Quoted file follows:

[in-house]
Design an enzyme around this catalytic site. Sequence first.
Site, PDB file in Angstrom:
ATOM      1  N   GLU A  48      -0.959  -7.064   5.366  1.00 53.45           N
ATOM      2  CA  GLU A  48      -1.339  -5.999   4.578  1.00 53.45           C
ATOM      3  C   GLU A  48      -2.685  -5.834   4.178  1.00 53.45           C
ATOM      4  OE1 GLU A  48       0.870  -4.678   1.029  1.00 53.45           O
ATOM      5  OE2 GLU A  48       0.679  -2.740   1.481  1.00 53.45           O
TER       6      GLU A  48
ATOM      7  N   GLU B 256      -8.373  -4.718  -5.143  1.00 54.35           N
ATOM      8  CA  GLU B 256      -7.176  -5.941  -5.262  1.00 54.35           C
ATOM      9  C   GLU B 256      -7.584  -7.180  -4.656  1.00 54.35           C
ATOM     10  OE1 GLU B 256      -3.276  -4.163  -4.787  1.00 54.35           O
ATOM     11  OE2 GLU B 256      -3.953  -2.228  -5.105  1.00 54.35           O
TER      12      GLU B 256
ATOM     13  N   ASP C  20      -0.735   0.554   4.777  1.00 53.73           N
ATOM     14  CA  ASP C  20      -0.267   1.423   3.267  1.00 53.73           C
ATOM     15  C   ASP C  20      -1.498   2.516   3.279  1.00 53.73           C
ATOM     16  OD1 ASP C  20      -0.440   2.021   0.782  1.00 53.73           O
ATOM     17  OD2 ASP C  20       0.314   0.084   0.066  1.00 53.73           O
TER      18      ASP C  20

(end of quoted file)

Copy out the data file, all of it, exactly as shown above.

[in-house]
Design an enzyme around this catalytic site. Sequence first.
Site, PDB file in Angstrom:
ATOM      1  N   GLU A  48      -0.959  -7.064   5.366  1.00 53.45           N
ATOM      2  CA  GLU A  48      -1.339  -5.999   4.578  1.00 53.45           C
ATOM      3  C   GLU A  48      -2.685  -5.834   4.178  1.00 53.45           C
ATOM      4  OE1 GLU A  48       0.870  -4.678   1.029  1.00 53.45           O
ATOM      5  OE2 GLU A  48       0.679  -2.740   1.481  1.00 53.45           O
TER       6      GLU A  48
ATOM      7  N   GLU B 256      -8.373  -4.718  -5.143  1.00 54.35           N
ATOM      8  CA  GLU B 256      -7.176  -5.941  -5.262  1.00 54.35           C
ATOM      9  C   GLU B 256      -7.584  -7.180  -4.656  1.00 54.35           C
ATOM     10  OE1 GLU B 256      -3.276  -4.163  -4.787  1.00 54.35           O
ATOM     11  OE2 GLU B 256      -3.953  -2.228  -5.105  1.00 54.35           O
TER      12      GLU B 256
ATOM     13  N   ASP C  20      -0.735   0.554   4.777  1.00 53.73           N
ATOM     14  CA  ASP C  20      -0.267   1.423   3.267  1.00 53.73           C
ATOM     15  C   ASP C  20      -1.498   2.516   3.279  1.00 53.73           C
ATOM     16  OD1 ASP C  20      -0.440   2.021   0.782  1.00 53.73           O
ATOM     17  OD2 ASP C  20       0.314   0.084   0.066  1.00 53.73           O
TER      18      ASP C  20